BIRGIT KRAUSSE

operations director

Birgit is an experienced association management professional with strong administrative, organisation and project management skills. In over ten years she has managed the operations of different international non-for-profits, ensuring their smooth running and organisational efficiency. A German national, Birgit has acquired a degree in Economics and Management from the Free University of Bozen-Bolzano, and speaks German, English, French and Italian. As Operations Director with Lie Detectors, Birgit is entrusted with the management of the budget, accounting  and human resource systems, and assists with the implementation of management systems and processes to facilitate the interactions with and between Lie Detector’s different collaborators, as well as the wider roll-out of the classroom programme across Europe.

INDRA WEBER

project officer

Indra brings a strong education-sector background to her role at Lie Detectors. Her focus has been on innovation in teaching and learning as well as social entrepreneurship and sustainability models. She holds a master’s degree in Management from Stockholm University and completed an International Business degree in Amsterdam. Born in Germany, she has spent much of her life aboard, including in West Africa and New Zealand. Indra supports coordination, organisation and research at Lie Detectors and engages to maximise visibility among journalists, educators, students and policymakers.

ADELINE BRION

programme officer, Belgium

Experienced and passionate in non-profit project management, Adeline facilitates successful training workshops and journalist-led sessions in Belgian schools and keeps an eye on the Belgian news literacy landscape. Adeline graduated from both ULB and VUB and holds two complementary master’s degrees in literature and communication. More generally she is curious about media, education, culture and EU affairs. As a Brussels native, she speaks English, French and Dutch and is keen on enjoying the city’s secret terraces.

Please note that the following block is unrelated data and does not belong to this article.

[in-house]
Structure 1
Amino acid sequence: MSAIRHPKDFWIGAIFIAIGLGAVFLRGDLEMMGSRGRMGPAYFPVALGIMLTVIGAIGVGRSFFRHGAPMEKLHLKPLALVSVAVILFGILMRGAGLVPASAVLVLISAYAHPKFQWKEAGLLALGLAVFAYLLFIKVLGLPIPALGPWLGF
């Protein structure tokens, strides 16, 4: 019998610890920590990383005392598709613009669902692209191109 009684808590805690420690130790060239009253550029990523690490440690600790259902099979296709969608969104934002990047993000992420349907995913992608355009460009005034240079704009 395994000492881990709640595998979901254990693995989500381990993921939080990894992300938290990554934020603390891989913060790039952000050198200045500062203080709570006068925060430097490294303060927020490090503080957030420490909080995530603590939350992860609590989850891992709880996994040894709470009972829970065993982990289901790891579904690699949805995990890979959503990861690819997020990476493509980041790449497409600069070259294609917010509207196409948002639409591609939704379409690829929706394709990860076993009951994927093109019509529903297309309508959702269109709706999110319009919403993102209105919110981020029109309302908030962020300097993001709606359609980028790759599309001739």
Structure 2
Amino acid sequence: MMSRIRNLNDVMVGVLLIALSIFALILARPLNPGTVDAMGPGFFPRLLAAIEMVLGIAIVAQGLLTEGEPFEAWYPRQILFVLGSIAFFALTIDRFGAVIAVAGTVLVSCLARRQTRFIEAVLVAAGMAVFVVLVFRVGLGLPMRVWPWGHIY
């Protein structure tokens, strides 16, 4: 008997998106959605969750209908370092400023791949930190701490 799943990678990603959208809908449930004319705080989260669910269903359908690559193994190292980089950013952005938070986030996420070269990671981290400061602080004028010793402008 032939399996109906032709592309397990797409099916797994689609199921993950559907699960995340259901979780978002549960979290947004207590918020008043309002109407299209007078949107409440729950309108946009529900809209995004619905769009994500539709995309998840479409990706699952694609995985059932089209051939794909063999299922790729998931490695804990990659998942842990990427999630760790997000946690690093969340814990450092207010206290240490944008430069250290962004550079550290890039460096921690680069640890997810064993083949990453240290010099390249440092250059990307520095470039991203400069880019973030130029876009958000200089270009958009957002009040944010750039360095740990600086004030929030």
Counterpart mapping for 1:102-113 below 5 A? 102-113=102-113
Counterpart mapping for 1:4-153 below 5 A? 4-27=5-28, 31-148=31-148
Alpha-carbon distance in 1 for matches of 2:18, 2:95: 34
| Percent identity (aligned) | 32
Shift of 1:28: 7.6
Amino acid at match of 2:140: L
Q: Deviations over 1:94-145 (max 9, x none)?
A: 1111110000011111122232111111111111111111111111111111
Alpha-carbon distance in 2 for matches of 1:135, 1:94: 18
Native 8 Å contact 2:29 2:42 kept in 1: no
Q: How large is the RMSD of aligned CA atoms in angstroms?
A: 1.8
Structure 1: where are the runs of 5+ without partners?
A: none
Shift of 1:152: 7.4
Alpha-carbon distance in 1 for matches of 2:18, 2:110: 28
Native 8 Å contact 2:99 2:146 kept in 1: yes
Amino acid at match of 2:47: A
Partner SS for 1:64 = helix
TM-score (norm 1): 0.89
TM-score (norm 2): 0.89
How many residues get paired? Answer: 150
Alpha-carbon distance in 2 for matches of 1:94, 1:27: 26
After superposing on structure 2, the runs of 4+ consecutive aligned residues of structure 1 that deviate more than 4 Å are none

ANN-KATHRIN HORN

journalist & consultant, Cologne

Ann-Kathrin is a freelance reporter for German public radio. A research trip to the US sensitized her to the issues surrounding media quality and media ethics, prompting her to set up news-literacy workshops and classroom visits upon her return to Germany. Following a meeting at a specialist conference dedicated to the subject, Ann-Kathrin and Lie Detectors decided to join forces. She has since built up a network of journalists and schools for Lie Detectors in Cologne and manages its organisation.

JOCHEN SPANGENBERG

media expert & senior consultant, Berlin

Jochen coordinates research and cooperation projects for Germany’s international public service broadcaster Deutsche Welle. His focus is on social newsgathering, verification of user-generated content and the use of eyewitness media for news reporting. He has a leading role in projects including REVEAL, InVID, Truly Media and WeVerify. Jochen also lectures at the Free University Berlin in Media & Communication Sciences. He is the author of the book The BBC in Transition and a number of papers, articles and book chapters. Previous to joining Deutsche Welle, Jochen was COO and Editor-in-Chief at a new media company and worked for BBC News & Current Affairs in radio and TV. Jochen supports Lie Detectors in its quest to bring media literacy into classrooms and raise awareness among young people on (news) media issues.

WILFRIED RÜTTEN

media expert & consultant

Wilfried was the director of the European Journalism Centre from 2005-2016. He headed the school of digital television at the University of Applied Sciences in Salzburg, Austria until 2005 and has worked in German public and private broadcasting as a reporter and producer (ARD, RTL-Group). Wilfried has conducted important work on international news verification projects and brings a wealth of experience of European journalism and academia. He is a consultant for Lie Detectors.

LIE DETECTORS is funded by the Wyss Foundation, accredited by the King Baudouin Foundation US and supported by the Global Reporting Centre, EAVI, First Draft and the ECPMF.

                                                                                                  

LIE DETECTORS will run new classroom sessions in Germany and Belgium from January 2018.
Please watch this page for more information or contact us directly.